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Top Filming Tips & Techniques

written by: Shane Burley•edited by: Rhonda Callow•updated: 1/26/2011

Here are some of the most important filming tips to make sure that you get usable images.

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    Successful Filming

    The process of actually filming a scene or event is more complicated than people realize. You can purchase the most expensive film or HD camera, use the best sound equipment to match it, and make a lot of changes during post-production, but if it was not filmed adequately from the start then your footage is never really going to work for you. The most important filming tips that you can try to think about for your production often are non-technical and are true to most motion camera situations. Here are some of the most important filming tips that you can begin to apply to your own vision.

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    Image Framing

    The most important part of image creation when filming is going to be around the framing of the image, and this actually employs some of the most classic elements of the visual arts. Many of these filming tips come directly over from paintings and photography, dealing with how subjects and objects are positioned against the frame of the camera lens. The camera position is one of the creative areas of your entire film project, but there are still some principles that you can follow to be successful. When you are constructing a video image make sure that you position the subject more toward one side of the frame, having them shift their forward position toward the opposite side. Allow some negative space in front of them, this will make sure that they appear as though they are looking into an open world instead of a claustrophobic space.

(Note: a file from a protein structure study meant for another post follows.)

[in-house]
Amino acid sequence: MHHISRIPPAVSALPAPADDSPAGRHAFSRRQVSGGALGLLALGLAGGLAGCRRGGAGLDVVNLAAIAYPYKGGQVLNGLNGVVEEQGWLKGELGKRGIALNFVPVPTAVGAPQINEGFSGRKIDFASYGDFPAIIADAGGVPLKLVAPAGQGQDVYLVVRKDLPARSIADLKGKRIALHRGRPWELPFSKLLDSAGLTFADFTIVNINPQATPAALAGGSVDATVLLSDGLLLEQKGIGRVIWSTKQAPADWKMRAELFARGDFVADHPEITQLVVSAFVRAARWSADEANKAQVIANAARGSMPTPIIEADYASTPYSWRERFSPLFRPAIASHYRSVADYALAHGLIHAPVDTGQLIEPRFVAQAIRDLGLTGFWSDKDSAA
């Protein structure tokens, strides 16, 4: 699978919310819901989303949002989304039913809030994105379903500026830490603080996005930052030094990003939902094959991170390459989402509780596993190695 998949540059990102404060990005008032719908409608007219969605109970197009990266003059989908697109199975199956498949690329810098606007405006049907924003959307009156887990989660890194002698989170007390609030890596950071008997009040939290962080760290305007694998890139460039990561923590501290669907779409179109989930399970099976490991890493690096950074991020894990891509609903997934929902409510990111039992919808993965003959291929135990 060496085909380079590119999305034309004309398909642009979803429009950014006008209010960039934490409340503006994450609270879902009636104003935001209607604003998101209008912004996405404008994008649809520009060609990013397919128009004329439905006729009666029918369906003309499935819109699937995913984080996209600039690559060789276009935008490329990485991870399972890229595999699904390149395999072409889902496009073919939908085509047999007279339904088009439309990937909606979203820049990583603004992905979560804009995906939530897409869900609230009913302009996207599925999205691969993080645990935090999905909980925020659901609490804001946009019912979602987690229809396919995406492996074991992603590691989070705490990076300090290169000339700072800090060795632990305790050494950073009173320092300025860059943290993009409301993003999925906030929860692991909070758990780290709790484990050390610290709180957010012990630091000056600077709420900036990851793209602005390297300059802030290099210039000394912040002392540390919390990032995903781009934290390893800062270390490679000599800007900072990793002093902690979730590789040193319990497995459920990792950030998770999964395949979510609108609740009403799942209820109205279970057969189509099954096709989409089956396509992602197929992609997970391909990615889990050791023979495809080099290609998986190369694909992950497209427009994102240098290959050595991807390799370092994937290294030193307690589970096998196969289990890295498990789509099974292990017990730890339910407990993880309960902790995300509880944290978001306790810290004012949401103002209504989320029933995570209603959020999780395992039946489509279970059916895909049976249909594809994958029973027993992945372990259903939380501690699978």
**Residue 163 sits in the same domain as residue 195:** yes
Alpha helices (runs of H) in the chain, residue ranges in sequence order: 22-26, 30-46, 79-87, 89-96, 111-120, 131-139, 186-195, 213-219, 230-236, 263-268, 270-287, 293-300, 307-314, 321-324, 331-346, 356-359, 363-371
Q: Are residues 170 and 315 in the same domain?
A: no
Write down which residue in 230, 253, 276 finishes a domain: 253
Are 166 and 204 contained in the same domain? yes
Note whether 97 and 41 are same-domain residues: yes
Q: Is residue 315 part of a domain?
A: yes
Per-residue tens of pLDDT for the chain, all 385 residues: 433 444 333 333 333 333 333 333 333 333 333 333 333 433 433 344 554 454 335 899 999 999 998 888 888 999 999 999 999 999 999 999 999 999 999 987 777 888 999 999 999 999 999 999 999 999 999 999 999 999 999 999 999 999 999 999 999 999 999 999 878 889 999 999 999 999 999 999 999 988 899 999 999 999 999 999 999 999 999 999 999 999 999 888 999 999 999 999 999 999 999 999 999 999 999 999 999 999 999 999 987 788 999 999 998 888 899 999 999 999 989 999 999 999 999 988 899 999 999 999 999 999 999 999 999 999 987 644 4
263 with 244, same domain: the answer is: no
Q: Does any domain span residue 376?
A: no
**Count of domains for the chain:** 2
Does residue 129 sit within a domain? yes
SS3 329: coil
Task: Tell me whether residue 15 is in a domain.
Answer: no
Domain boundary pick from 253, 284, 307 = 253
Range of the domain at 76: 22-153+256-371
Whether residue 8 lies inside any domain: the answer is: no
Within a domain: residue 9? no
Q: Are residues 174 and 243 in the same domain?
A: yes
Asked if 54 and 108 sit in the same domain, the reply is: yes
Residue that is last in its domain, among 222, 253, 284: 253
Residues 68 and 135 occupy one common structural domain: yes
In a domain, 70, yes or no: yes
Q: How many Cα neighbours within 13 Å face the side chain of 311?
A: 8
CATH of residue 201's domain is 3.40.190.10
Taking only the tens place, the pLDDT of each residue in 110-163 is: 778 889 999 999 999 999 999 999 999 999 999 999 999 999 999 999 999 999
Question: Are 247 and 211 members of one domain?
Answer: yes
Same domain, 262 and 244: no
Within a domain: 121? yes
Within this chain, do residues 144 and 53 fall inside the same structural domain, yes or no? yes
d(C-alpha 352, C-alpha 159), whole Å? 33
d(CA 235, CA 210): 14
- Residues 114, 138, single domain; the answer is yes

One of the other important filming tips around image framing will be around the use of symmetry and asymmetry. Most symmetrical images should be avoided in video imagery because it tends to be less visually complex. Instead, asymmetrical positioning of the subjects and objects will add energy to the image.

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    Lighting

    Film and digital video capture the image of light reflecting off objects, which means that you need to address the lighting in a scene as the primary concern. This takes a couple different avenues, especially since you have to balance the character of the lights used on the subjects in the frame and the intensity for proper exposure. Filming tips usually include the need for matching the lighting position to both the characters and mood of the scene, but that is really only part of it. The most important thing that you are going to need to focus on with the lighting is having the exposure match the needs of the camera, which is a balance between seeing it properly and getting the right depth of field. To do this well you will want to block out the actions of the scene first to see what the camera needs to move between, then put in the lighting positions that you want. From here you will then adjust the exposure until you get the light meter readings that are going to match the correct camera settings.

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    180 Degree Rule and Avoiding Jump Cuts

    Filming is intended to maintain continuity in a given scene, especially if that is a narrative scene. When you are editing the footage that you recorded you will need to maintain the geographic space of your video world, which is why you want to respect an invisible line of action in your camera positioning. This 180 degree rule means that you should not cross a line going through the middle of the scene, only presenting angle from different angles on one side of this line. If you jump over that line it will appear differently in the video image, and it will look as though the subjects and objects moved around in relation to each other. This is going to break the continuity of the audience watching the video even though they know that there has not been a repositioning, so continuing the 180 degree rule is an important rule to set unless you have a reason to break it.

    In the same way, one of the most important filming tips to follow is to avoid jump cuts. Jump cuts occur when two different camera angles that are very close to each other are cut together. What happens here is that the image of the subject appears to jump really quickly, and to avoid this you need to make sure that your camera angles are at least thirty degrees away from each other and possibly even have a little different of a focal distance.